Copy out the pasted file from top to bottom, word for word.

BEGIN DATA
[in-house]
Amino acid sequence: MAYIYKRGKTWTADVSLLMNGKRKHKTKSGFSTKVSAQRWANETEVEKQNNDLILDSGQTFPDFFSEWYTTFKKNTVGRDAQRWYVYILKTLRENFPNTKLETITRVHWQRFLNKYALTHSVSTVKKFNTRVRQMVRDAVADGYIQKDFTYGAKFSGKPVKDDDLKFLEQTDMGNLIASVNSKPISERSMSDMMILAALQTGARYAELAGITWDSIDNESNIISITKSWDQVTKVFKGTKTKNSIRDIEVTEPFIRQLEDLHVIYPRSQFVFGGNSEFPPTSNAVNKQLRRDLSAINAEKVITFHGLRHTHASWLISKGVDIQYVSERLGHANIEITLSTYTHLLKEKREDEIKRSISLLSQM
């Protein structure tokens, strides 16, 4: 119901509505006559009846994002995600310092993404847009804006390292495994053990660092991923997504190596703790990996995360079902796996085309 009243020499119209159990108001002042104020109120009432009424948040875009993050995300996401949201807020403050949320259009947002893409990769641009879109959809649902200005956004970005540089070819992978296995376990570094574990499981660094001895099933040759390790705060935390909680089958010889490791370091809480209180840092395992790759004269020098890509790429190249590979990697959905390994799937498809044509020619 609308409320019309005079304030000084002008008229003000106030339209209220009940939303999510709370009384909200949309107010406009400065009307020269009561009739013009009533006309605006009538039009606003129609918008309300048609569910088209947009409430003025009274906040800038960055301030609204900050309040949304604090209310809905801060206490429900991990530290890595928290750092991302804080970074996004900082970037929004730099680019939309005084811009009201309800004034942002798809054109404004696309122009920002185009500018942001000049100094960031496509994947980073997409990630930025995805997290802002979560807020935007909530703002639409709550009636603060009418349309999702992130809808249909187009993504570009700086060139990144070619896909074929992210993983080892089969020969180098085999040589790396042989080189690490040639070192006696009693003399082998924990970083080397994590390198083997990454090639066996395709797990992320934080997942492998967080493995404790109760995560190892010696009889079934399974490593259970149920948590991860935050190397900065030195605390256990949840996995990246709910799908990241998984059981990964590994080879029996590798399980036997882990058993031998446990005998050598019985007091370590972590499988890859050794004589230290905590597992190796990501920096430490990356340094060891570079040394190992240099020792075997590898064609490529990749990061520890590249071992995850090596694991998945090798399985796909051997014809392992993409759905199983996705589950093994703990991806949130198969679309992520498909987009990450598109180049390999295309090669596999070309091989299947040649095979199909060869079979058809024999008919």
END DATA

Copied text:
[in-house]
Amino acid sequence: MAYIYKRGKTWTADVSLLMNGKRKHKTKSGFSTKVSAQRWANETEVEKQNNDLILDSGQTFPDFFSEWYTTFKKNTVGRDAQRWYVYILKTLRENFPNTKLETITRVHWQRFLNKYALTHSVSTVKKFNTRVRQMVRDAVADGYIQKDFTYGAKFSGKPVKDDDLKFLEQTDMGNLIASVNSKPISERSMSDMMILAALQTGARYAELAGITWDSIDNESNIISITKSWDQVTKVFKGTKTKNSIRDIEVTEPFIRQLEDLHVIYPRSQFVFGGNSEFPPTSNAVNKQLRRDLSAINAEKVITFHGLRHTHASWLISKGVDIQYVSERLGHANIEITLSTYTHLLKEKREDEIKRSISLLSQM
């Protein structure tokens, strides 16, 4: 119901509505006559009846994002995600310092993404847009804006390292495994053990660092991923997504190596703790990996995360079902796996085309 009243020499119209159990108001002042104020109120009432009424948040875009993050995300996401949201807020403050949320259009947002893409990769641009879109959809649902200005956004970005540089070819992978296995376990570094574990499981660094001895099933040759390790705060935390909680089958010889490791370091809480209180840092395992790759004269020098890509790429190249590979990697959905390994799937498809044509020619 609308409320019309005079304030000084002008008229003000106030339209209220009940939303999510709370009384909200949309107010406009400065009307020269009561009739013009009533006309605006009538039009606003129609918008309300048609569910088209947009409430003025009274906040800038960055301030609204900050309040949304604090209310809905801060206490429900991990530290890595928290750092991302804080970074996004900082970037929004730099680019939309005084811009009201309800004034942002798809054109404004696309122009920002185009500018942001000049100094960031496509994947980073997409990630930025995805997290802002979560807020935007909530703002639409709550009636603060009418349309999702992130809808249909187009993504570009700086060139990144070619896909074929992210993983080892089969020969180098085999040589790396042989080189690490040639070192006696009693003399082998924990970083080397994590390198083997990454090639066996395709797990992320934080997942492998967080493995404790109760995560190892010696009889079934399974490593259970149920948590991860935050190397900065030195605390256990949840996995990246709910799908990241998984059981990964590994080879029996590798399980036997882990058993031998446990005998050598019985007091370590972590499988890859050794004589230290905590597992190796990501920096430490990356340094060891570079040394190992240099020792075997590898064609490529990749990061520890590249071992995850090596694991998945090798399985796909051997014809392992993409759905199983996705589950093994703990991806949130198969679309992520498909987009990450598109180049390999295309090669596999070309091989299947040649095979199909060869079979058809024999008919």